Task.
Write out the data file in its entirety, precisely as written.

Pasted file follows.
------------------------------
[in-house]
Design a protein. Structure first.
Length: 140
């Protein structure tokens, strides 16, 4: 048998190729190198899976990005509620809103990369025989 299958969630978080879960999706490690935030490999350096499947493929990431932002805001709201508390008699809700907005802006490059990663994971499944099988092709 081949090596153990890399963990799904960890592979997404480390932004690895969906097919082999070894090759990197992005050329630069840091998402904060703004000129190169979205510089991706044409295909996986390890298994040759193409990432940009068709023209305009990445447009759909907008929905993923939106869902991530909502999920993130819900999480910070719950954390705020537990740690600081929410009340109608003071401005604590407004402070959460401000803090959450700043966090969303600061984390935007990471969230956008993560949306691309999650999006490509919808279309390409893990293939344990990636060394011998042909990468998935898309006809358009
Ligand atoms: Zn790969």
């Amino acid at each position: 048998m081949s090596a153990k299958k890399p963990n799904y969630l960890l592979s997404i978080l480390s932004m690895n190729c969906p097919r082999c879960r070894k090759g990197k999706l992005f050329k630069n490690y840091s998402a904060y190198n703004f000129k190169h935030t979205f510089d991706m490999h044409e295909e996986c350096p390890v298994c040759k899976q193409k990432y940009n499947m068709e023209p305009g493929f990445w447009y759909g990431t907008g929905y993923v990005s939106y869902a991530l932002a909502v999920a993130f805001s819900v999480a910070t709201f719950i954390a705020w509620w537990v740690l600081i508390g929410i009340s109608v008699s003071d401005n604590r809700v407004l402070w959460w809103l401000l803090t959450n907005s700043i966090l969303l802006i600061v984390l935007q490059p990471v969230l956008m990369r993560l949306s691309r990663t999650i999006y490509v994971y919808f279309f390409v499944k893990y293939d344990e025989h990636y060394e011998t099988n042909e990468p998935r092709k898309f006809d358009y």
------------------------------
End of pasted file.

[in-house]
Design a protein. Structure first.
Length: 140
């Protein structure tokens, strides 16, 4: 048998190729190198899976990005509620809103990369025989 299958969630978080879960999706490690935030490999350096499947493929990431932002805001709201508390008699809700907005802006490059990663994971499944099988092709 081949090596153990890399963990799904960890592979997404480390932004690895969906097919082999070894090759990197992005050329630069840091998402904060703004000129190169979205510089991706044409295909996986390890298994040759193409990432940009068709023209305009990445447009759909907008929905993923939106869902991530909502999920993130819900999480910070719950954390705020537990740690600081929410009340109608003071401005604590407004402070959460401000803090959450700043966090969303600061984390935007990471969230956008993560949306691309999650999006490509919808279309390409893990293939344990990636060394011998042909990468998935898309006809358009
Ligand atoms: Zn790969």
């Amino acid at each position: 048998m081949s090596a153990k299958k890399p963990n799904y969630l960890l592979s997404i978080l480390s932004m690895n190729c969906p097919r082999c879960r070894k090759g990197k999706l992005f050329k630069n490690y840091s998402a904060y190198n703004f000129k190169h935030t979205f510089d991706m490999h044409e295909e996986c350096p390890v298994c040759k899976q193409k990432y940009n499947m068709e023209p305009g493929f990445w447009y759909g990431t907008g929905y993923v990005s939106y869902a991530l932002a909502v999920a993130f805001s819900v999480a910070t709201f719950i954390a705020w509620w537990v740690l600081i508390g929410i009340s109608v008699s003071d401005n604590r809700v407004l402070w959460w809103l401000l803090t959450n907005s700043i966090l969303l802006i600061v984390l935007q490059p990471v969230l956008m990369r993560l949306s691309r990663t999650i999006y490509v994971y919808f279309f390409v499944k893990y293939d344990e025989h990636y060394e011998t099988n042909e990468p998935r092709k898309f006809d358009y």